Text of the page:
And I guess this is where it's worth reminding ourselves what powers the people in Congress actually have when it comes to the right to choose. The biggest one is that if a federal law were to be passed, either restricting abortion further or protecting the right to choose an abortion, that would override all of the state laws; that's how the Constitution is set up, right? If there's no federal law, then it's left to the states. And so when the Supreme Court said that states are allowed to make their own decisions, that doesn't preclude Congress from saying, "Up to this point, you have an absolute right to an abortion." And so I think the Democrats, you know, running for office mostly were promising some law that would be similar to Roe v. Wade, which would protect the right to an abortion up to the first trimester. And Republicans, at least some of them, were running saying that they would pass a law that would restrict abortion even in the blue states that currently have protections for it.
But in a lot of close races, Republicans basically found that this was not a winning issue for them. And that, in fact, trying to seem more moderate on the question of abortion laws was the best route to try to win the kind of independent or middle-of-the-road voters who you need in a close race.
And that's interesting because for so many years, abortion (and particularly pro-life votes) have been the key to Republican voter turnout, getting huge evangelical groups of voters to turn out and vote and also to winning the primary. But like a lot of things that have happened to the Republican Party in the last few years, you're seeing a gap between what the activist base is hoping and what actually wins you a general election. And so a lot of people who to win the Republican primary had to really show their pro-life bona fides ended up losing in the general election.
I guess the other theory about what happened in the midterm elections isn't about the specific issue of abortion but is more about the personalities of Joe Biden and Donald Trump.
And like I was saying earlier, often voters feel that the midterm elections are a referendum on the person in the White House—but the person who left the White House is also still looming largely over our politics.
And so one of the reasons why a lot of Democrats felt motivated to turn out to vote was because they were doing this as a repudiation to the previous president, Donald Trump. The former president has had a pretty big hand in picking the candidates who ended up running in the midterms. And so there was a lot of news stories right after the election about what effect Trump endorsements had on the success of candidates in the general election. And so obviously the big Senate race that people paid attention to was John Fetterman versus Dr. Oz. And Dr. Oz was in a very close primary with a number of different Republican options, and he was probably the most Trumpian in the sense of being a celebrity who is somebody that people are familiar with from television and may not have traditional political experience, though perhaps Dr. Oz's style is a little less bombastic than Trump's.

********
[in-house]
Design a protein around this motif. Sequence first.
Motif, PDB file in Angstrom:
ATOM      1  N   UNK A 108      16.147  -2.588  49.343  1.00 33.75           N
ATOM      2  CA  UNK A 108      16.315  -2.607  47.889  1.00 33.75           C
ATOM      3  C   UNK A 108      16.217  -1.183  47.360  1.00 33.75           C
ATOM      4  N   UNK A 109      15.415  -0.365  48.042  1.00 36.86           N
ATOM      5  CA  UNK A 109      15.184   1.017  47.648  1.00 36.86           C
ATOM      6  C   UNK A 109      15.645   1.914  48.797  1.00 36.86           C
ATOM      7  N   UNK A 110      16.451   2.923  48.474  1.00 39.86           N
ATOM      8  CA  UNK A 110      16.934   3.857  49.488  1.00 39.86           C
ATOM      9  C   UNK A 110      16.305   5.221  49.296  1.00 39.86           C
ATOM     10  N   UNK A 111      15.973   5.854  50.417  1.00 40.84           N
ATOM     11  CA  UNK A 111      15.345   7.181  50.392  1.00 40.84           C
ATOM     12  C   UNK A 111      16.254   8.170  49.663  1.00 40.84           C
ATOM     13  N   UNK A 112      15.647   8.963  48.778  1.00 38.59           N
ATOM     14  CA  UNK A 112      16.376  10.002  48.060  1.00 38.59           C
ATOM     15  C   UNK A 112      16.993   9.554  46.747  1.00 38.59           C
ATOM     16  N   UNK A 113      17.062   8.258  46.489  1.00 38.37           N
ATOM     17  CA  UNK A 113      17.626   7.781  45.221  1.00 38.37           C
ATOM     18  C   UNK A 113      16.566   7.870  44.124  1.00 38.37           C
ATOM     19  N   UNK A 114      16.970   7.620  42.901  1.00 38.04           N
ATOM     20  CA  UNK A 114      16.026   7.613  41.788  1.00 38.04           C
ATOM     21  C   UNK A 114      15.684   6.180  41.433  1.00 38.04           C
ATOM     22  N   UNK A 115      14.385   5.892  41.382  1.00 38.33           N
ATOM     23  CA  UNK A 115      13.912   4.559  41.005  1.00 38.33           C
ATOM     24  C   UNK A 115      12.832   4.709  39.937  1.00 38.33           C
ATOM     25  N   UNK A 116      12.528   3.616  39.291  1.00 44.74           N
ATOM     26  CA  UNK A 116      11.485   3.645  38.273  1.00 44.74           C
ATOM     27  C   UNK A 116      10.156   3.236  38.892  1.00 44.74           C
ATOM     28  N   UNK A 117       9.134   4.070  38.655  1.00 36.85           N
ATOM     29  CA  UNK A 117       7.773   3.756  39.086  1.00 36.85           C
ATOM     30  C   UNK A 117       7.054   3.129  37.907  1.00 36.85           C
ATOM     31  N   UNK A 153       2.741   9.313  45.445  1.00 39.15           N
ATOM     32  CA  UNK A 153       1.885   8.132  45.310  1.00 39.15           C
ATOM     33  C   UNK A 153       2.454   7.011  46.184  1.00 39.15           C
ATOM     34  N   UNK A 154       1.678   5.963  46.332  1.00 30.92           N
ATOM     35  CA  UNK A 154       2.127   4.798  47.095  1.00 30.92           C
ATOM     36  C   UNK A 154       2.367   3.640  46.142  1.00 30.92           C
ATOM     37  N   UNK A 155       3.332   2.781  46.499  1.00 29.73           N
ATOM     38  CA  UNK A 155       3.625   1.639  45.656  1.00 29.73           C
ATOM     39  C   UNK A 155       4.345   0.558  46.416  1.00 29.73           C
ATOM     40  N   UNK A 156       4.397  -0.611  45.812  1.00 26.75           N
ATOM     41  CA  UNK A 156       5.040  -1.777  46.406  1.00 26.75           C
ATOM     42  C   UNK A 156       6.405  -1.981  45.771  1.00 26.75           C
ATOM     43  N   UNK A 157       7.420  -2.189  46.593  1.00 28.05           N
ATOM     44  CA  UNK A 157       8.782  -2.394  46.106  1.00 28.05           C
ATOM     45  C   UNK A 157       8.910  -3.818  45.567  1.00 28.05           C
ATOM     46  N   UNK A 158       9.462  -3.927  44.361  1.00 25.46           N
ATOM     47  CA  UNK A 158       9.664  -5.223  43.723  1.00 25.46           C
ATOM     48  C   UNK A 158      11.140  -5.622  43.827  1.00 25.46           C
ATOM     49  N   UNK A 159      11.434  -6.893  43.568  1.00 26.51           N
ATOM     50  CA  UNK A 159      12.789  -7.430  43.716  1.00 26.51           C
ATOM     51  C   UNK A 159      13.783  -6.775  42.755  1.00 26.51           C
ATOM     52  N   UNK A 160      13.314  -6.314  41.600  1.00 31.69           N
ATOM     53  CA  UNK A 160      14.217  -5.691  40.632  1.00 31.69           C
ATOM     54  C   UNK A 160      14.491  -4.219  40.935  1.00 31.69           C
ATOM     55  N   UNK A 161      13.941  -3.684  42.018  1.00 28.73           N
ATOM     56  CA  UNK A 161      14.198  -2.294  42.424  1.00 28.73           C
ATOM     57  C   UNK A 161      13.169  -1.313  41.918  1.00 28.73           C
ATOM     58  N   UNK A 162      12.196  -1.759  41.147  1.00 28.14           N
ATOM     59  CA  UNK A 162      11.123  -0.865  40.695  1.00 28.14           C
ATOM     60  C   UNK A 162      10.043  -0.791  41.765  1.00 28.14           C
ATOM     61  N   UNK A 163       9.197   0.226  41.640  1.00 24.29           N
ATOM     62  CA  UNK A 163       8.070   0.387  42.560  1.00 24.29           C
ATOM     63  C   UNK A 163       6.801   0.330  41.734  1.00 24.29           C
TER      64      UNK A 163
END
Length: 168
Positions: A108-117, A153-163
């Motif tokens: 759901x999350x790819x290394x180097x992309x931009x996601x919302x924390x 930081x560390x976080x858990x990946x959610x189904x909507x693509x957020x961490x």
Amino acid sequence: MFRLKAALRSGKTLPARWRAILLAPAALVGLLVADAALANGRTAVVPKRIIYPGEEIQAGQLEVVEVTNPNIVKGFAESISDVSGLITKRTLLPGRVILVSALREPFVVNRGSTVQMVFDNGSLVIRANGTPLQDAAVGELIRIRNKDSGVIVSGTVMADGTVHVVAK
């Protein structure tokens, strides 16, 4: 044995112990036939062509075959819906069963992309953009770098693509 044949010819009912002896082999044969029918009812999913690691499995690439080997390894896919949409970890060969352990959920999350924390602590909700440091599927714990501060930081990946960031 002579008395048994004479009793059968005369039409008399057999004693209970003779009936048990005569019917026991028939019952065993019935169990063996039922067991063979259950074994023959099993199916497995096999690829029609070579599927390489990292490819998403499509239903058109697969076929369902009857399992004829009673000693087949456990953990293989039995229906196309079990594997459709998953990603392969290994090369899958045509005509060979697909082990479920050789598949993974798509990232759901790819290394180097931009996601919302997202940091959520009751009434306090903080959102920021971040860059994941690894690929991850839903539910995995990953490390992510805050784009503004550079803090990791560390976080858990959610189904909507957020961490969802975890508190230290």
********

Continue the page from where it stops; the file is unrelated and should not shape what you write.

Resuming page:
Trump ended up endorsing him. And so when Oz ends up losing a race to John Fetterman, who had a stroke, you know, a few weeks before the election and had some bad debate performances that made people think, Oh, this guy's not gonna do well, there was immediately a kind of postmortem both in the media at large and within Republican Party circles about, okay, does this mean that, you know, Trump-endorsed candidates aren't actually the best option? And Oz isn't the only example of that. Carrie Lake in Arizona, another celebrity candidate who really strongly embraced the kind of "stop the steal" energy. And a number of other Trump-endorsed candidates around the country ended up not winning, although they did get pretty close. And so I think the question of whether Trump's control on the Republican Party is being loosened by the events of the midterms is still very much an open question.